Wife testified that she was born in the Philippines and came to the United States in 1986. After corresponding with husband, she arrived in Arkansas in June 1988, where she lived with him and his mother for four months prior to getting married. She stated that the parties purchased the sale barn in 1996, with husband in charge of the business affairs. She noted that she worked with the hogs and in the sale barn and also testified that husband wasin the hog business with Robin Burns as D&R Hog Farm. She stated that she has recently seen hogs on the marital property and produced photographs of the hogs.

Husband testified that, at trial, there was a contract in place for the sale of the auction barn to Gary Rivers for $150,000. Husband denied having any hogs or that anyone was keeping hogs for him. He also stated that, if anyone has seen any hogs on his property, they did not belong to him. Husband also could not remember whether he was paid in excess of $13,000 for social security disability. He testified that he did not know what he did with the money. Husband admitted using Robin Burns's social security number in the operations of D&R Hog Farm because he wanted to avoid showing income due to his social security disability. He also stated that he and Robin Burns were no longer operating D&R Hog Farm. Husband testified that his income consisted of $2,287 a month from the VA; $743 from social security; $336 per month from the sale of a Texaco business; and $500 per month from Gary Rivers from the sale of the sale barn. Husband denied having sold any cattle or hogs. Husband admitted that the parties had a grandfather clock for which they did not pay. Husband stated that his mother bought the clock and gave it to him as opposed to both him and his wife.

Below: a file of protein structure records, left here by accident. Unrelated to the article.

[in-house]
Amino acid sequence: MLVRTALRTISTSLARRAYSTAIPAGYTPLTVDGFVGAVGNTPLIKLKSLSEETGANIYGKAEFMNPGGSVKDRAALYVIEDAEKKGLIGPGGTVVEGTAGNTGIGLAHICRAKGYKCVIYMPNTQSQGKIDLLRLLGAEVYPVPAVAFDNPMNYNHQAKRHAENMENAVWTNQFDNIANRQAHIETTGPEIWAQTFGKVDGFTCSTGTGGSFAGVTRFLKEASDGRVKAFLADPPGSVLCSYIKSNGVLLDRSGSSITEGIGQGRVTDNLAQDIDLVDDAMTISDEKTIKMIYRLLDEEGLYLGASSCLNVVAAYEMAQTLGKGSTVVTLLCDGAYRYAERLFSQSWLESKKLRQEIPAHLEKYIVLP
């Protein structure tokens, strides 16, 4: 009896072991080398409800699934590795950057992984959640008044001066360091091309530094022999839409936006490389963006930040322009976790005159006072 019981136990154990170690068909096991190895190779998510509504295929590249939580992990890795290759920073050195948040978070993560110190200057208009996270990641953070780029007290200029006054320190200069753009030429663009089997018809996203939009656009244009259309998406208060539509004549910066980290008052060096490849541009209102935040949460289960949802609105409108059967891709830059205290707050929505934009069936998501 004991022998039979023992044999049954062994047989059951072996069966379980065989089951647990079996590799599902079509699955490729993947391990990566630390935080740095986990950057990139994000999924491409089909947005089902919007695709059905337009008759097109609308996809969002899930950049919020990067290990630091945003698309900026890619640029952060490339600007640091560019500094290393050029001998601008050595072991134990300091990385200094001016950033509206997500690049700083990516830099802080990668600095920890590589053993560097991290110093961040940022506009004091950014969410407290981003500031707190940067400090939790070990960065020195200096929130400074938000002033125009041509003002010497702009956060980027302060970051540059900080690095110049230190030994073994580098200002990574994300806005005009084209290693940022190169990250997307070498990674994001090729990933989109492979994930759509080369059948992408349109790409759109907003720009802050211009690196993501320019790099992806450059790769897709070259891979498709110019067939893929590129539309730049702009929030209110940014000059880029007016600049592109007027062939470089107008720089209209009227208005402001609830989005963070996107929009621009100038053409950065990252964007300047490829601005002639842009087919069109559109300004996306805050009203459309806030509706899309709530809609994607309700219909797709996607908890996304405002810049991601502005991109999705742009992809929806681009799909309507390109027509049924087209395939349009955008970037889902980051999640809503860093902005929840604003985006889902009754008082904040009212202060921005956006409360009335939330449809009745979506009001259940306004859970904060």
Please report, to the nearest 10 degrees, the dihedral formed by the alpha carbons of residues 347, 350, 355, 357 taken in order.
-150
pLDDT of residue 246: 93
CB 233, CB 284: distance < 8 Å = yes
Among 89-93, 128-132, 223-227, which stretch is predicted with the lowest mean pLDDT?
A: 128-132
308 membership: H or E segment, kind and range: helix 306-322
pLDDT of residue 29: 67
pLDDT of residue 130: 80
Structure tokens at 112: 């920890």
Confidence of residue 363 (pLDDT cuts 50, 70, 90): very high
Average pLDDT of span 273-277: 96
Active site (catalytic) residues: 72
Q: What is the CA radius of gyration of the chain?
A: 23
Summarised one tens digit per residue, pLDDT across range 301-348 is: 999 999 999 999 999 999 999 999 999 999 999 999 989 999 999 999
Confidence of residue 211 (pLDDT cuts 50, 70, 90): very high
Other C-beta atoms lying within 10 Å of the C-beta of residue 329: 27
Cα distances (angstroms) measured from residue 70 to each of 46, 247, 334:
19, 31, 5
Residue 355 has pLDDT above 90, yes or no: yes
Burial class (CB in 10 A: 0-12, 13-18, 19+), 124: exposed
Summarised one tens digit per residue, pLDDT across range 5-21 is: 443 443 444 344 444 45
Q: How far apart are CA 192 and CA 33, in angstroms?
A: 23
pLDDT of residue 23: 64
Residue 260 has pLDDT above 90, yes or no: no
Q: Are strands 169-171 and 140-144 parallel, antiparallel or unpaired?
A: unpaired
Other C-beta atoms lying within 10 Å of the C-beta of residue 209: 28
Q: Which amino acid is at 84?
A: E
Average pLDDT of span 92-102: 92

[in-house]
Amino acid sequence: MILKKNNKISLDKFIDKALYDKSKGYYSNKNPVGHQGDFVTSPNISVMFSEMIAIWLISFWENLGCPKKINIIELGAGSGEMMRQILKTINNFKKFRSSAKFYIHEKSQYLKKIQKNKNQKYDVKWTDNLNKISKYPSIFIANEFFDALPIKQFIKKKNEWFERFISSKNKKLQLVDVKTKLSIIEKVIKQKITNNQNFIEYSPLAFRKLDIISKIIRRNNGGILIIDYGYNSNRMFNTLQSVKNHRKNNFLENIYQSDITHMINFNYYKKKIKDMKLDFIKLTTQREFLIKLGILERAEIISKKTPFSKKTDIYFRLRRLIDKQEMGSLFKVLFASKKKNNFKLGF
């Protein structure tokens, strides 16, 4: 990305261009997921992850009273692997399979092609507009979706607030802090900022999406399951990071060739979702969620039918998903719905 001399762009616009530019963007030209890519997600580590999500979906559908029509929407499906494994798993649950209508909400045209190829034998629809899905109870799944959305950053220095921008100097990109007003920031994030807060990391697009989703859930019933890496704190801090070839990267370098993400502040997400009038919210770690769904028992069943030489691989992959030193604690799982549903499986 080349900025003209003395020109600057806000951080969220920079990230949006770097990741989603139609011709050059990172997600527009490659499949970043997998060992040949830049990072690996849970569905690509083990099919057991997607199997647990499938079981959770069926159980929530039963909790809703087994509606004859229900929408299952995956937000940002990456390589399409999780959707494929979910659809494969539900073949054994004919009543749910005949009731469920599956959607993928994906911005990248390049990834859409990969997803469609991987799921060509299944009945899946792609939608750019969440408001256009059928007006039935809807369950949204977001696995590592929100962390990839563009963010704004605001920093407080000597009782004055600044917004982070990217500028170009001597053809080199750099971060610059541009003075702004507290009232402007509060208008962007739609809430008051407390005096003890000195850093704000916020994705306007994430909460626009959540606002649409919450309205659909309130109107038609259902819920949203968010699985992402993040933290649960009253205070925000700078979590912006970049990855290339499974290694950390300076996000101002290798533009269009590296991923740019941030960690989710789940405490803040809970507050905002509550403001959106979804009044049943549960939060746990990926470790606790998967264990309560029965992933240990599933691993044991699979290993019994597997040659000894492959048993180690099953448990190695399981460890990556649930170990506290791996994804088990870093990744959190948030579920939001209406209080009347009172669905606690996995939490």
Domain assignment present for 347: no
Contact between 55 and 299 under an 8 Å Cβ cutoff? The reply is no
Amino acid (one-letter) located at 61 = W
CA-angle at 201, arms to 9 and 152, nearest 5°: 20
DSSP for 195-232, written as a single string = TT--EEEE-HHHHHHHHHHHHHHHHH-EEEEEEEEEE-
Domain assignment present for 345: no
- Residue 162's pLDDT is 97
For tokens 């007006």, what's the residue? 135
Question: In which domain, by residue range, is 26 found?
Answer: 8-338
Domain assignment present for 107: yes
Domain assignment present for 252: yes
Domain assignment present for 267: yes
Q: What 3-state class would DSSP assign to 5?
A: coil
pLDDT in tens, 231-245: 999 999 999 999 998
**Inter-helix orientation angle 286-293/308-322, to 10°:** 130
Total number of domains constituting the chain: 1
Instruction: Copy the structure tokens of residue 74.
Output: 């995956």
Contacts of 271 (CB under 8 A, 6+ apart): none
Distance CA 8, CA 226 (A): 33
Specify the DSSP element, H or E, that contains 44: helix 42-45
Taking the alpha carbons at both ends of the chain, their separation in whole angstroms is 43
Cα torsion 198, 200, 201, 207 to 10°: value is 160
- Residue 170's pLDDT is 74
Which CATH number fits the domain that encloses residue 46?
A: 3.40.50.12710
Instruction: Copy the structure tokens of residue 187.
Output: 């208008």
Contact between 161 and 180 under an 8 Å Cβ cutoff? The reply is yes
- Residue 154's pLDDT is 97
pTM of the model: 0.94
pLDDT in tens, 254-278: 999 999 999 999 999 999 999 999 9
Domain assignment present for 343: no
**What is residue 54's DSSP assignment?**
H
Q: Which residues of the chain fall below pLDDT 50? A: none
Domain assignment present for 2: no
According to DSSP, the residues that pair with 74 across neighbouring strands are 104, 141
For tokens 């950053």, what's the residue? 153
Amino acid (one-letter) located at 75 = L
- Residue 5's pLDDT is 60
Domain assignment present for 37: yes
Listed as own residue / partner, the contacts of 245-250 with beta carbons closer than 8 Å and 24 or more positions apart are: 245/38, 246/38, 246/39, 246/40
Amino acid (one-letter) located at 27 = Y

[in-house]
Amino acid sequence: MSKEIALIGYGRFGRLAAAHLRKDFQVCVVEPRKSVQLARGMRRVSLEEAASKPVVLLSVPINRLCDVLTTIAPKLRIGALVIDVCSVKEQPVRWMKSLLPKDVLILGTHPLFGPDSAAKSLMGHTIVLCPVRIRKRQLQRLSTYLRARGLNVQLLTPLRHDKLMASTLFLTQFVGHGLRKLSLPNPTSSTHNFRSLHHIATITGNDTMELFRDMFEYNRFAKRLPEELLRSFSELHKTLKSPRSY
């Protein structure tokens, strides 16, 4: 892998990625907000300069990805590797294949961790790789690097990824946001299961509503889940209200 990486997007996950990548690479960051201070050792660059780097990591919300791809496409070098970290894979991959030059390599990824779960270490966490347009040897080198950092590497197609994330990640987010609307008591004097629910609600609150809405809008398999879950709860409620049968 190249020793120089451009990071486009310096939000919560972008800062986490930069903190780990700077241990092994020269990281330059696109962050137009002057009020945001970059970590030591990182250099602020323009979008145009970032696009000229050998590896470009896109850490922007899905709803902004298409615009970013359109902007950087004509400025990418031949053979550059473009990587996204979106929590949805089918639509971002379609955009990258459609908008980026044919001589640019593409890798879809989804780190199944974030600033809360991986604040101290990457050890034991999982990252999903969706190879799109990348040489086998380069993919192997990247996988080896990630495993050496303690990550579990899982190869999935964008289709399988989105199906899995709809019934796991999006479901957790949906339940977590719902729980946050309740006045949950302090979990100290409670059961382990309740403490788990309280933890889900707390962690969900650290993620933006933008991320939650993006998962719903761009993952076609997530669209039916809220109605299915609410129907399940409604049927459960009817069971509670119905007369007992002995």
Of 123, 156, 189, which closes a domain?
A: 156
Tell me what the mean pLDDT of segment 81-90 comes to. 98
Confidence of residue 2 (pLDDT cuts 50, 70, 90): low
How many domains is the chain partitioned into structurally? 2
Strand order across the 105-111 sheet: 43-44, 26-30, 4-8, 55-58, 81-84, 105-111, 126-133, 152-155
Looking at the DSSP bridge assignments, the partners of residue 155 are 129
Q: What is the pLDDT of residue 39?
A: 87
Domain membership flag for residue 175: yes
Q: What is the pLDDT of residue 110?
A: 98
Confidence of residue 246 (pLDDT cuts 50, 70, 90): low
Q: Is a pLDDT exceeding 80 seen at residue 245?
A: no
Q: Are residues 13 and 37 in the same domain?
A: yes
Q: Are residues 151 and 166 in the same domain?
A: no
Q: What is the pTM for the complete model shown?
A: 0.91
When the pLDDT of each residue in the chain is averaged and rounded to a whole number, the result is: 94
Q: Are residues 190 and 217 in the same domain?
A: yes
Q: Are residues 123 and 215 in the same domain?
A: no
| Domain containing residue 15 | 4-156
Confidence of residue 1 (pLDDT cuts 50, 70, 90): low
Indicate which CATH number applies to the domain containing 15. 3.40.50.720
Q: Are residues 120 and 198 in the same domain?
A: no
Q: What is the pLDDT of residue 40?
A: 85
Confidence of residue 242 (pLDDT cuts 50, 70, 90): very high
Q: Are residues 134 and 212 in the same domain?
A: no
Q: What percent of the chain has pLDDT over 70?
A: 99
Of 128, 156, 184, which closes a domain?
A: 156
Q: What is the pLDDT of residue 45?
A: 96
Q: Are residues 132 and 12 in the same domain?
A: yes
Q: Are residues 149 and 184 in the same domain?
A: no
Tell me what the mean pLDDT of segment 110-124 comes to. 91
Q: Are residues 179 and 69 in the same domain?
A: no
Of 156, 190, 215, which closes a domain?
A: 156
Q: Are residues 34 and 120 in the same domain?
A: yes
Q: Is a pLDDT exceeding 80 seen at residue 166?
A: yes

Husband testified that he received an eye injury while in the Army in 1965. Husband testified that he was assigned a 30% vision loss from an injury that occurred at Ft. Polk in 1965. He also testified that he was legally blind in one eye. Husband admitted to having six head of cattle at the time of trial. He also testified that the annuity was purchased during the marriage with funds from a lump-sum VA disability payment, not marital funds. Husband could not verify the value of the annuity as being $50,000, and the exhibit he offered on the annuity did not contain any information regarding the value of the annuity.

The trial court granted wife a divorce but denied wife's requests for alimony and an unequal division of property. The trial court equally divided the marital property by ordering certain real and personal property sold and the proceeds divided equally. Among the items ordered sold were 30 cows, 100 hogs, and the grandfather clock. Each party was awarded one-half of the annuity account in husband's name with Farm Bureau Mutual Insurance. The parties were also to share any tax consequences of dividing the annuity.